What is striking about this long list of heroes is that all of them lived before the life, death, and resurrection of Jesus. None of them knew the saving love of the Messiah, and yet, the author notes, in the end, all of them will enter the Promised Land alongside those of us who have come after them and claimed Jesus Christ as Lord and Savior. We will all finish the race together, regardless of when we began. This mind-boggling characteristic of God’s grace reminded me of a running story we heard from that ultra-marathoner friend of Cassie’s. Paul is one of those crazy people who thought that 26.2 miles of running just wasn’t enough, and so now he regularly participates in races of 50 or 100 miles. We once followed his progress on a 100 mile race that took him well over a day to complete. We woke up and he was already running. Went to church – he was still running. Ate lunch – still running. Took a nap – running. Went to dinner – running. Watched a movie – running. Went to bed – the man was STILL RUNNING!
The human body is not designed to run for 24 hours non-stop, and so, these events often include pacers who run a portion of the race to keep people who are suffering from delirium and exhaustion from getting lost or doing real damage to themselves. Paul’s last event was the Hard Rock 100 mile race but he didn’t compete for a medal, his job was to set the pace for the final 40 miles. He waited at an aid station until his group arrived and ran with them, through the night, as they became increasingly exhausted. What was unique about this year’s Hard Rock 100 is that the two leaders actually paced each other – running together for 80 of the 100 miles. When one needed to stop to adjust shoes or take nourishment, the other waited. By the end of the 100 mile ordeal, having run the last 80 miles side-by-side, it didn’t seem right for either one of them to be declared the winner, and so they “ran” across the finish line holding hands. Jason Schlarb and Kilian Jornet had survived the 22 hour, 58 minute and 28 second journey together, and one succeeded only because of the other.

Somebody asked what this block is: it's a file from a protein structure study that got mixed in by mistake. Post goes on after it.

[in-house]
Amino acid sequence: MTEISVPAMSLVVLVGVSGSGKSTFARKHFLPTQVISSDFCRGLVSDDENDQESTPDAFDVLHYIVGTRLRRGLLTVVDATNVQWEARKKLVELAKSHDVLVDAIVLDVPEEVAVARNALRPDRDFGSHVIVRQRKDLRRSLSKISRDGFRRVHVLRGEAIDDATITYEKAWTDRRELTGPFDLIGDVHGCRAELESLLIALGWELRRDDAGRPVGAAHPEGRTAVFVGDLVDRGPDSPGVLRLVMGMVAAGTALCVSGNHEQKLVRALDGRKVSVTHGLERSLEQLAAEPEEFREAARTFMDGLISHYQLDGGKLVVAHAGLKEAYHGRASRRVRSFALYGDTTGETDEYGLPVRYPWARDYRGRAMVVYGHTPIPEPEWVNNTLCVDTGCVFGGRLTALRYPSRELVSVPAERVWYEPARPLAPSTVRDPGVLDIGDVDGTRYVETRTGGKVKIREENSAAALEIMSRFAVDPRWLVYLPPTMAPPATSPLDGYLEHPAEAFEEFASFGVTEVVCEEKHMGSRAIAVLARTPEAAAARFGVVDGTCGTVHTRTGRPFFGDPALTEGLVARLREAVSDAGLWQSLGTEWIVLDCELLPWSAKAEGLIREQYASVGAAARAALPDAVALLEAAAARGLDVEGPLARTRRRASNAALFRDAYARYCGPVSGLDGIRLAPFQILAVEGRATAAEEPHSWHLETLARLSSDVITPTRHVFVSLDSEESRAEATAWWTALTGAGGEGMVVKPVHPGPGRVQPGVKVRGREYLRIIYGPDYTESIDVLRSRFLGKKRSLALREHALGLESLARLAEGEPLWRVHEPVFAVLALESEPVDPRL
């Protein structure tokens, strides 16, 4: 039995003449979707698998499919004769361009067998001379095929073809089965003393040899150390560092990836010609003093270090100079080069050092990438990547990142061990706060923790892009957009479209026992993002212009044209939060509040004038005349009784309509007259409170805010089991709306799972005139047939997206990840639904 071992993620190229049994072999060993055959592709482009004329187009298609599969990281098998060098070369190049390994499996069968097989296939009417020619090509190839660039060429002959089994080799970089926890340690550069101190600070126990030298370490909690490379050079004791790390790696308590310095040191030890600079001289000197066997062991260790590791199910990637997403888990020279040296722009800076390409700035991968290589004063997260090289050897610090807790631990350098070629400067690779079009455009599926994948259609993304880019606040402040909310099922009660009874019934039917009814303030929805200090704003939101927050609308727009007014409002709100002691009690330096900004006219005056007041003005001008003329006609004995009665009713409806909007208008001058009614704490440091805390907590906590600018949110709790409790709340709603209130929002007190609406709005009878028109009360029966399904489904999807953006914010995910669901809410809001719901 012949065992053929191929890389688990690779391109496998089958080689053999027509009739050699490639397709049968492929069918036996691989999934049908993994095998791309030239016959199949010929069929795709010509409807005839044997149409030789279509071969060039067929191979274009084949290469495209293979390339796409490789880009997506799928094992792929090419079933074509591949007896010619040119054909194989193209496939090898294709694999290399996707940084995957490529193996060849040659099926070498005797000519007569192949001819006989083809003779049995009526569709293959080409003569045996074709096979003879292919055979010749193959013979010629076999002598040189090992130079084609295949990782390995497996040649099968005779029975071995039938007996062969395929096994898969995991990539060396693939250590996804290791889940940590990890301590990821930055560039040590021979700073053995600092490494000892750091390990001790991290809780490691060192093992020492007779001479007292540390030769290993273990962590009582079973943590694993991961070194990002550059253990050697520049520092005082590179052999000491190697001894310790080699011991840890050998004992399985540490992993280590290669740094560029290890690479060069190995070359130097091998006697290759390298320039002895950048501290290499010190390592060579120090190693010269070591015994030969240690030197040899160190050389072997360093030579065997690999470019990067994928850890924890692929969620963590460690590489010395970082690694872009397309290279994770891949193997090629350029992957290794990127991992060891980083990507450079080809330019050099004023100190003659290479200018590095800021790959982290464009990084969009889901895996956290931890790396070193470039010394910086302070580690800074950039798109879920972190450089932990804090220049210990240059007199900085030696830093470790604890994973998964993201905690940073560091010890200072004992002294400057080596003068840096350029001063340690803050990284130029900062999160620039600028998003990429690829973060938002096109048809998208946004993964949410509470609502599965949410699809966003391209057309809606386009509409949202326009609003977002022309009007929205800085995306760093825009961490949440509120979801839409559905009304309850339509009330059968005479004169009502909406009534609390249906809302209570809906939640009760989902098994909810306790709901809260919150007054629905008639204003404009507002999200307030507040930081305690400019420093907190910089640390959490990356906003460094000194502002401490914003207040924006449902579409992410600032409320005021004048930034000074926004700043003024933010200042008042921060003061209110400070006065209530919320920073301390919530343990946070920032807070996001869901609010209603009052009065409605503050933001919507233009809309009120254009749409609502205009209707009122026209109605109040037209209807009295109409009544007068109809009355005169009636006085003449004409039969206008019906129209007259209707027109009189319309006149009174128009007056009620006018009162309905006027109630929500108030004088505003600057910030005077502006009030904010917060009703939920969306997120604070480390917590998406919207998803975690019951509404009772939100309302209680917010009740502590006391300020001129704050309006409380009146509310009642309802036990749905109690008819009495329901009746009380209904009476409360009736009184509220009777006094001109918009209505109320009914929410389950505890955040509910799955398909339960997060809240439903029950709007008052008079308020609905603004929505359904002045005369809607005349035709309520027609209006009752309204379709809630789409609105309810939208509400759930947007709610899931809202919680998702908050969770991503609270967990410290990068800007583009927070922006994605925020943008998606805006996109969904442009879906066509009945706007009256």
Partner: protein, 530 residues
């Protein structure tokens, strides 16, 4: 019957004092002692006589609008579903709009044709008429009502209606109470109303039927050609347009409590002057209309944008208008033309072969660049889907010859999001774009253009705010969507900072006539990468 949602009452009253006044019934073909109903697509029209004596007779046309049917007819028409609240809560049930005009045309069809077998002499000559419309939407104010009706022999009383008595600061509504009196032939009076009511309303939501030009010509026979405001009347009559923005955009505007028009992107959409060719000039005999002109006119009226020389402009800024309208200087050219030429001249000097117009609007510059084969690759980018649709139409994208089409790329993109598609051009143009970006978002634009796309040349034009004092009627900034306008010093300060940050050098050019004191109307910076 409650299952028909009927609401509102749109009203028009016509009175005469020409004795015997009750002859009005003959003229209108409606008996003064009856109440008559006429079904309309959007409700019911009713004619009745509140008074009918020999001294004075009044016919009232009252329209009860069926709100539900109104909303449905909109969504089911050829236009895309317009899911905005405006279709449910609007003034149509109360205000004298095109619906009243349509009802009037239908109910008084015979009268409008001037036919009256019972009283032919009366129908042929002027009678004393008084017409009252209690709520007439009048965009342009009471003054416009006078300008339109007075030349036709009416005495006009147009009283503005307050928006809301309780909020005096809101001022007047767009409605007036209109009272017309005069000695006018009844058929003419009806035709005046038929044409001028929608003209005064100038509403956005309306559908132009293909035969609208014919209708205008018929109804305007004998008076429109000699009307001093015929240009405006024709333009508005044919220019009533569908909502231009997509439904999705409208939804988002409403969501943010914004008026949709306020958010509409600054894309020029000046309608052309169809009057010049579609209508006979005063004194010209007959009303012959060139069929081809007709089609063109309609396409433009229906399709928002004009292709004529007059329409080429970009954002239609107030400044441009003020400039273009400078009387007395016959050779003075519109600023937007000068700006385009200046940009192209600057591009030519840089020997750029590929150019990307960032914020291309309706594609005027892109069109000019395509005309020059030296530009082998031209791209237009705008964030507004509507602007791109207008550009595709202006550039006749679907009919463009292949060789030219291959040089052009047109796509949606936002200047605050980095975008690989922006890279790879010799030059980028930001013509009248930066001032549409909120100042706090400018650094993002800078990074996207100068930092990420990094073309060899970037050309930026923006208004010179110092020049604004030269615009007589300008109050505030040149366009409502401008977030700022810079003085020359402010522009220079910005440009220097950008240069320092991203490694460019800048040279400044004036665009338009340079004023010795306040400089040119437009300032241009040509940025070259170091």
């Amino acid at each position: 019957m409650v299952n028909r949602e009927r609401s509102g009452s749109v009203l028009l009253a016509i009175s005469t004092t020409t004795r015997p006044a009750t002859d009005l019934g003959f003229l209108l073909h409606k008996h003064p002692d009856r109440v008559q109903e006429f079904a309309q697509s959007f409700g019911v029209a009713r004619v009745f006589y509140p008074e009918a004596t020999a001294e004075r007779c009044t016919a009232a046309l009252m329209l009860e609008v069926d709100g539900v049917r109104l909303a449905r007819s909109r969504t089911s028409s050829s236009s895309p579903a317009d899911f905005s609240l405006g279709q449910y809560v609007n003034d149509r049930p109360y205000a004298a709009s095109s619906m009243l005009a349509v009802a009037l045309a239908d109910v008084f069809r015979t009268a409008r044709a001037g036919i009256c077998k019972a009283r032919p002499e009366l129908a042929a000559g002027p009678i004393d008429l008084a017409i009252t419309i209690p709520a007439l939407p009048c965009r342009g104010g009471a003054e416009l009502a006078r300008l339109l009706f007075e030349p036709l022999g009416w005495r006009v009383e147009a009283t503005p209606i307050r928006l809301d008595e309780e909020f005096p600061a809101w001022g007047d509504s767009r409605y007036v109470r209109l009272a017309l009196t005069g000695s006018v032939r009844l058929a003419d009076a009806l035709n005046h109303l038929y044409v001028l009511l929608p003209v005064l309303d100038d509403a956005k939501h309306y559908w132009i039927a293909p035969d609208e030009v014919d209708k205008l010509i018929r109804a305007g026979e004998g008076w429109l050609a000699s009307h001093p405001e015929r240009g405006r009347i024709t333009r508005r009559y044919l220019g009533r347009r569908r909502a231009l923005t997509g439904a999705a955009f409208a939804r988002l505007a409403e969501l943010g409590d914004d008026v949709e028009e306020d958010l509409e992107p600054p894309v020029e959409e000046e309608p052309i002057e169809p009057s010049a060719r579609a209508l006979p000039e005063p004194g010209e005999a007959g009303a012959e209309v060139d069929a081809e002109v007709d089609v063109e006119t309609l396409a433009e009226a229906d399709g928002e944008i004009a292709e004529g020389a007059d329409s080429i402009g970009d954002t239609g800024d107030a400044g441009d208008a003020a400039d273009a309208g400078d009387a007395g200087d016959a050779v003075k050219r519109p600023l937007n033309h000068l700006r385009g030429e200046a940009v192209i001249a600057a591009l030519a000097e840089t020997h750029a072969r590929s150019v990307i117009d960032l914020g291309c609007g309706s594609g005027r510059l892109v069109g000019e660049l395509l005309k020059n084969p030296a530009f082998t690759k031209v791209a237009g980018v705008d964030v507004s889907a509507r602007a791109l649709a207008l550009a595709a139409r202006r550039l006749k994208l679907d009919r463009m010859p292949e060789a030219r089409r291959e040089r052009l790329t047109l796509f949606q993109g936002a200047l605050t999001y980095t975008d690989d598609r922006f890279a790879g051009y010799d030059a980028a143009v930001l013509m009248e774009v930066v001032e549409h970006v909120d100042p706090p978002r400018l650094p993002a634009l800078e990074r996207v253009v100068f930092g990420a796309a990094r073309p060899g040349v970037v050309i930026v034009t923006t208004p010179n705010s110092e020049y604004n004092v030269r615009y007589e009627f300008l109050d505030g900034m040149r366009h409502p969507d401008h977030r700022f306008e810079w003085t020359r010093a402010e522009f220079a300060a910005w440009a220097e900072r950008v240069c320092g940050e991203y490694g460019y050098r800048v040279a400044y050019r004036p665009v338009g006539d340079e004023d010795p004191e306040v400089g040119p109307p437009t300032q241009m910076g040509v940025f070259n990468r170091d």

The life of faith is kind of like the ancient Dolichos, the Marathon, or sometimes even an ultra-marathon. It can be a long and arduous journey, and if we are blessed to walk it for a while, we might grow increasingly exhausted and, perhaps, delirious. The author of the letter to the Hebrews reminds us that for thousands of years, faithful people have walked the same path, and one day we will all be gifted with the chance to cross the finish line together when we all join hands with Jesus Christ who will come again to bring about a new heaven and a new earth.
In the meantime, we cannot go about this journey alone. We are called to take our place alongside those with whom we worship, live, and work as well as those who walk the journey in other places and even other times in running the race that is set before us – a race filled with struggles and hardship as well as joy and laughter. It doesn’t matter if you are Moses, Rahab, Saint Peter or Mother Theresa, this race can only be completed together by the grace of God in Jesus Christ. When the race feels like it has gone on too long, when exhaustion sets in and you want to do nothing more than quit chasing after the dream of “things hoped for” and still “unseen,” remember that there is a great cloud of witnesses cheering you on. Tap into the adrenaline rush that comes from recalling the stories of faithful heroes of the past. Invite God to open your eyes to see their hands out-stretched, inviting you to join them as together we pursue the finish line of the Kingdom of God brought to earth as it is in heaven. Ready? Set. Let’s go!